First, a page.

Newspaper article Sunshine Coast Daily (Maroochydore, Australia)

Tracking the Troop Train's Memories

Newspaper article Sunshine Coast Daily (Maroochydore, Australia)

Tracking the Troop Train's Memories

Article excerpt

Byline: Peter Gardiner

AS THE winds of the First World War swept into Cooroy train station spreading soot and cinders, former National Serviceman Ron Strudwick was soaking up the raw-boned optimism of more than 100 years ago, that once filled the troop train carriages.

As the crowds yesterday gathered around this whistle-blowing, travelling time capsule, just as they would have back in 1914, to cheer on the troops as they headed off for their great Gallipoli "adventure", Ron was looking on with the wisdom of hindsight.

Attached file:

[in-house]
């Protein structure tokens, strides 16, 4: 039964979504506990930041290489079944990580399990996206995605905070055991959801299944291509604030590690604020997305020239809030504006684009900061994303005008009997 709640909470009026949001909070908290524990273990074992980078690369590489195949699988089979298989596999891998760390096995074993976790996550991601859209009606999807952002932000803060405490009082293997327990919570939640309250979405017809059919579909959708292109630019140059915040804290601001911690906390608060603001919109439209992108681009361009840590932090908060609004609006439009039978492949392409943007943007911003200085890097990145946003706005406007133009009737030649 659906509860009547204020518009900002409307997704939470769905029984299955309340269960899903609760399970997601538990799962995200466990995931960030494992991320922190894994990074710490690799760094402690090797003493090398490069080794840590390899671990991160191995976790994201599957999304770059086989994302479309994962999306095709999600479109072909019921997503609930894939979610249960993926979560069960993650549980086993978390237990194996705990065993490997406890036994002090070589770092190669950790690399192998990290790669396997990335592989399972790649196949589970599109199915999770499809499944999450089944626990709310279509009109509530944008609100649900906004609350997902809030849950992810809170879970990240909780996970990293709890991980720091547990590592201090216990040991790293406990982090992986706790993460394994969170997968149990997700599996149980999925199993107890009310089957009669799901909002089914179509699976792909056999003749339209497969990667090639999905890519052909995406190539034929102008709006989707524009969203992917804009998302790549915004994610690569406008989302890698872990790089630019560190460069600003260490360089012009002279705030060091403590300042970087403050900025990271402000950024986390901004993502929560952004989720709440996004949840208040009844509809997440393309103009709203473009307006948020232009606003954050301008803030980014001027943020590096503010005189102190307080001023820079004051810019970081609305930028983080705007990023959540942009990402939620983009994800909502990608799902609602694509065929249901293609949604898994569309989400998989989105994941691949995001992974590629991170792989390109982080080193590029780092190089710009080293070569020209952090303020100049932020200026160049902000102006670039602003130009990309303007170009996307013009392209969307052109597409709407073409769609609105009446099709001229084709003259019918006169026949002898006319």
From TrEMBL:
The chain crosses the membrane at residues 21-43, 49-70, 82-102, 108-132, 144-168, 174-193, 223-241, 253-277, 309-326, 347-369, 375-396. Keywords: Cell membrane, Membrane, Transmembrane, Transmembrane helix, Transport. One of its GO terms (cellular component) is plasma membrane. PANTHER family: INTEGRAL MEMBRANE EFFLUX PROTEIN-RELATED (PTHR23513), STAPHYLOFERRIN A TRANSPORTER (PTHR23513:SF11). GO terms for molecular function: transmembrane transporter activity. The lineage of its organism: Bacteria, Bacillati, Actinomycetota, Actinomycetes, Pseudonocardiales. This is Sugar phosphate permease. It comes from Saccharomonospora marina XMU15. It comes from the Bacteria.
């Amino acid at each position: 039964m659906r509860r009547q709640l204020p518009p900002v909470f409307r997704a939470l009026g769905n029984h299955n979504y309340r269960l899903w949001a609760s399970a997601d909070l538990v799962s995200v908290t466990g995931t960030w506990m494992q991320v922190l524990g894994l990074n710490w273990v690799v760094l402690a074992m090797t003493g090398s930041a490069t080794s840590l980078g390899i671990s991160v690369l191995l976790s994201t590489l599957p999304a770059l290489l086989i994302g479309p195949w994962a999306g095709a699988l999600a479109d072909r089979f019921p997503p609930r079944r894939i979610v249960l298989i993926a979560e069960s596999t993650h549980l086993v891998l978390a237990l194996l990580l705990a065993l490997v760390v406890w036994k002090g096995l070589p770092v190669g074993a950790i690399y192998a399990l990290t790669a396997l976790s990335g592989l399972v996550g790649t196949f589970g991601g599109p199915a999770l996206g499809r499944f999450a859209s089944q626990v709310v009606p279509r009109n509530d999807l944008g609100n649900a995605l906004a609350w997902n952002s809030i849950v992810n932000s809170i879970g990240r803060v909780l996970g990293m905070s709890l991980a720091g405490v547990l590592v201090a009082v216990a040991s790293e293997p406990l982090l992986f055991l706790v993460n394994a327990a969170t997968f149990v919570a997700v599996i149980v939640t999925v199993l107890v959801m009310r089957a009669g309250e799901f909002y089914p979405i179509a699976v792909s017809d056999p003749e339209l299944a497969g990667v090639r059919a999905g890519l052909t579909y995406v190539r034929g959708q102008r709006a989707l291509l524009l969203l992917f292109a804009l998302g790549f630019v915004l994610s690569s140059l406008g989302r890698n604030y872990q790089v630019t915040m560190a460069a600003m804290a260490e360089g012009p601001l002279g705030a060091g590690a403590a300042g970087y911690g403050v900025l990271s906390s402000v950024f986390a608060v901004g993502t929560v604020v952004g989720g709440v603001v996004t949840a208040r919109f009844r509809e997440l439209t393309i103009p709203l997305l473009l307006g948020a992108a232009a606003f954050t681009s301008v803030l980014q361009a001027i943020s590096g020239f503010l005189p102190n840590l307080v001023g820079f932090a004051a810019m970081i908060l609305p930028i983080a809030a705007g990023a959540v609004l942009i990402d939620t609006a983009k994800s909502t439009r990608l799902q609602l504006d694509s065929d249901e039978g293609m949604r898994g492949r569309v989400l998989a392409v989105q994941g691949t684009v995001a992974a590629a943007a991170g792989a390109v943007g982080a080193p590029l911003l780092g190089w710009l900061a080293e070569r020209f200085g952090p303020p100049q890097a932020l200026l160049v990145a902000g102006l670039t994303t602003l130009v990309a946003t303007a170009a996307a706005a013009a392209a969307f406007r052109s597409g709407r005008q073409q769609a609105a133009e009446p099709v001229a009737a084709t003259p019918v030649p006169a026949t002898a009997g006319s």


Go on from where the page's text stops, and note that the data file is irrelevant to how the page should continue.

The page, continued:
The Cooroy RSL member who helped marshal the thousands of well-wishers said, "I think it's a great thing for those soldiers who fought for us and never came home.

"Whether it should have happened in the first place or not, I'm not sure. It was a crazy war.''

Cooroy has never seen the like of this troop train re-enactment, on the eve of the 100th Gallipoli landing, with more than 4000 turning out to welcome passengers.

Among the uniformed ranks was Chris Withoos, an Army Reservist and his 15-year-old Australian Army cadet son Jacob. …

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